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Arnolfo di Cambio
Vite de più eccellenti pittori scultori ed architetti (1767) (14597572560).jpg
Arnolfo di Cambio by Vasari
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Personal information
Name Arnolfo di Cambio
Nationality Italian
Birth date 1232/1240
Birth place Colle di Val d'Elsa
Date of death 8 March 1302(1302-03-08)

/1310

Place of death Florence
Work
Arnolfo di Cambio - Tabernacle of StJohnLateran
The ciborium over the high altar of St. John Lateran is derived from a design by Arnolfo di Cambio and decorated with paintings by Barna da Siena in 1367–1368. The cage above contains silver reliquaries which are said to hold the heads of SS. Peter and Paul.
Rome basilica st peter 011c
The sculpture of St. Peter found within St. Peter's Basilica, Rome

Arnolfo di Cambio (c. 1240 – 1300/1310) was an Italian architect and sculptor. He designed Florence Cathedral and the sixth city wall around Florence (1284-1333), while his most important surviving work as a sculptor is the tomb of Cardinal de Braye in S. Domenico, Orvieto.

Biography

Arnolfo was born in Colle Val d'Elsa, Tuscany.

Arnolfo di Cambio, Riccardo degli Annibaldi tomb
Detail of the tomb of Riccardo Cardinal Annibaldi, at St. John Lateran. This was the first major work of Arnolfo in Rome.

He was Nicola Pisano’s chief assistant on the marble Siena Cathedral Pulpit for the Duomo in Siena Cathedral (1265–1268), but he soon began to work independently on an important tomb sculpture. In 1266–1267 he worked in Rome for King Charles I of Anjou, portraying him in the famous statue housed in the Campidoglio. Around 1282 he finished the monument to Cardinal Guillaume de Braye in the church of San Domenico in Orvieto, including an enthroned Madonna (a Maestà) for which he took as a model an ancient Roman statue of the goddess Abundantia; the Madonna's tiara and jewels reproduce antique models. In Rome Arnolfo had seen the Cosmatesque art, and its influence can be seen in the intarsia and polychrome glass decorations in the Basilica of Saint Paul Outside the Walls and the church Santa Cecilia in Trastevere, where he worked in 1285 and 1293 respectively. In this period he also worked on the presepio of Santa Maria Maggiore, on Santa Maria in Aracoeli, on the monument of Pope Boniface VIII (1300) and on the bronze statue of St. Peter in St. Peter's Basilica.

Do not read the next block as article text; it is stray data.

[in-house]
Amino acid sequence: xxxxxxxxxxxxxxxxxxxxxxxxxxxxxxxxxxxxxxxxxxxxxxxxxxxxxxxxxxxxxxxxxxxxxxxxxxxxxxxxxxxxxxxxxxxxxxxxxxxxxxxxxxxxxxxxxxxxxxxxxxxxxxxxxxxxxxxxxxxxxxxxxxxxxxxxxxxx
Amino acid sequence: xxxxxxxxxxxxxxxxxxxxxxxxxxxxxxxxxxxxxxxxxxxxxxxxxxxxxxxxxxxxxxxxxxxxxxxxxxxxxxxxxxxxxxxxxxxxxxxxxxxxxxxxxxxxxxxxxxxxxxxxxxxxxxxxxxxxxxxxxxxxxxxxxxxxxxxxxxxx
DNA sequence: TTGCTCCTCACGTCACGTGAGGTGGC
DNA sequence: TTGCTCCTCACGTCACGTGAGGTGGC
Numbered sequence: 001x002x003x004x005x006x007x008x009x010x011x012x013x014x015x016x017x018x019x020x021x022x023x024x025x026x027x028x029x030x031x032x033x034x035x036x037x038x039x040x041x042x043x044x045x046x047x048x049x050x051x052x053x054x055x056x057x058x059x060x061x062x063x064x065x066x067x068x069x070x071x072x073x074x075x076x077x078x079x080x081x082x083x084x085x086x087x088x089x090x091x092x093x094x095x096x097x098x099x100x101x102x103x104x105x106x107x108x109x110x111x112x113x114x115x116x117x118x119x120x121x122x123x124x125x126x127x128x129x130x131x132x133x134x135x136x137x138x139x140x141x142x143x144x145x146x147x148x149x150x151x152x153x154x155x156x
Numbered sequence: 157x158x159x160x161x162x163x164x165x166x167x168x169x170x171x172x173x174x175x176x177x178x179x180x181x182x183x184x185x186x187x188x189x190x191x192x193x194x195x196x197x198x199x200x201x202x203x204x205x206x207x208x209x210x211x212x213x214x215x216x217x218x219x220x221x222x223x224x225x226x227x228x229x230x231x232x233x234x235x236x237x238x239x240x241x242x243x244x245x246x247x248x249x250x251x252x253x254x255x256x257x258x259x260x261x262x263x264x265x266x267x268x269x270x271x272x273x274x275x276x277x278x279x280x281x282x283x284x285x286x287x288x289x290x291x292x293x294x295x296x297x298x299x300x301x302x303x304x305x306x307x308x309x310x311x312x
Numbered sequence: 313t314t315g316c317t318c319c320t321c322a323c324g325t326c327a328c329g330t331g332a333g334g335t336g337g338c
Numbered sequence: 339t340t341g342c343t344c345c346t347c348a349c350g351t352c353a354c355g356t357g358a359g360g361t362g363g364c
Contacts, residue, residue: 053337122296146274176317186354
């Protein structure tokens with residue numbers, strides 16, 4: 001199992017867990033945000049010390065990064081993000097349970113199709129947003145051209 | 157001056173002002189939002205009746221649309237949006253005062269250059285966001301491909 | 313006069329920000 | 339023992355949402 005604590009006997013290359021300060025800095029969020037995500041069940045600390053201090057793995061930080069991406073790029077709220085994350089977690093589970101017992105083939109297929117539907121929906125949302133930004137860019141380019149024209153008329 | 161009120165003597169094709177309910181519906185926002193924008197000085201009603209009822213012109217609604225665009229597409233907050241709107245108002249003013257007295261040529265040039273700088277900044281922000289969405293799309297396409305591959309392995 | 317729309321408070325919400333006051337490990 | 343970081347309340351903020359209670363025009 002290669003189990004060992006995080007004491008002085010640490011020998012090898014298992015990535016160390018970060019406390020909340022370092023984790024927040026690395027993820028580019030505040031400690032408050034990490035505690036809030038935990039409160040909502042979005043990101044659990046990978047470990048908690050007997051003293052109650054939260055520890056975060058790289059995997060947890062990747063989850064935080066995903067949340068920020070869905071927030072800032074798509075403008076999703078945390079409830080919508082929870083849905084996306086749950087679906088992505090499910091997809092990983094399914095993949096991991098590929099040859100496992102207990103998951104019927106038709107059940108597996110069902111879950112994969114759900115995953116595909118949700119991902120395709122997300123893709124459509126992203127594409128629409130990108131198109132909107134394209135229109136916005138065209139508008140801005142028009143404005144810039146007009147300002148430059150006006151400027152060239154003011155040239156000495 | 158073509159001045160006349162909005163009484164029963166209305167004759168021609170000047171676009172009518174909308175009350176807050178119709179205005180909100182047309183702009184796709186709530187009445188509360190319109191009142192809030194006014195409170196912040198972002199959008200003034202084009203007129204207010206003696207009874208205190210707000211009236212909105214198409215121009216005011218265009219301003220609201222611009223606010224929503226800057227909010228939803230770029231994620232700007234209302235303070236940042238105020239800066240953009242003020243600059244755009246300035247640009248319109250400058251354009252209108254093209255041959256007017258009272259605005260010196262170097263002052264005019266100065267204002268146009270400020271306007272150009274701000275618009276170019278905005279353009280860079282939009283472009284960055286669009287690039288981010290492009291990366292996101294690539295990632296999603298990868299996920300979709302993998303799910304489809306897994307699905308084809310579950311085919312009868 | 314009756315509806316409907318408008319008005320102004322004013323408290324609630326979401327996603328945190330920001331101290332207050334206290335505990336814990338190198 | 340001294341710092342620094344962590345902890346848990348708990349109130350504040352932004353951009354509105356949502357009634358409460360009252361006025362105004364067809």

In 1294–1295 he worked in Florence, mainly as an architect. According to his biographer Giorgio Vasari, he was in charge of construction of the cathedral of the city, for which he provided the statues once decorating the lower part of the façade destroyed in 1589. The surviving statues are now in the Museum of the Cathedral. While the design of the Church of Santa Croce has been attributed to Arnolfo, this is highly disputed. Vasari also attributed to him the urban plan of the new city of San Giovanni Valdarno.

The monumental character of Arnolfo's work has left its mark on the appearance of Florence. His funerary monuments became the model for Gothic funerary art.

Giorgio Vasari included a biography of Arnolfo in his Lives of the Most Excellent Painters, Sculptors, and Architects.

Selected works

Architecture

Tomb of Pope Honorius IV
Tomb of Honorius IV (The columns and upper entablature are of a later date).

Sculpture

  • St. Peter Enthroned inside St. Peter's Basilica, is often attributed to Arnolfo.
  • Monument to Pope Adrian V (1276, attributed) – San Francesco, Viterbo
  • Monument to Riccardo Cardinal Annibaldi (1276) – San Giovanni in Laterano, Rome
  • Statue of Charles I of Anjou (1277) – Campidoglio, Rome
  • Fountain of the Thirsty People (Fontana Minore) – Perugia
  • Tomb of Cardinal Guillaume de Braye (c. 1282) – San Domenico, Orvieto
  • Monument of Pope Boniface VIII – the Museo dell'Opera del Duomo – Florence
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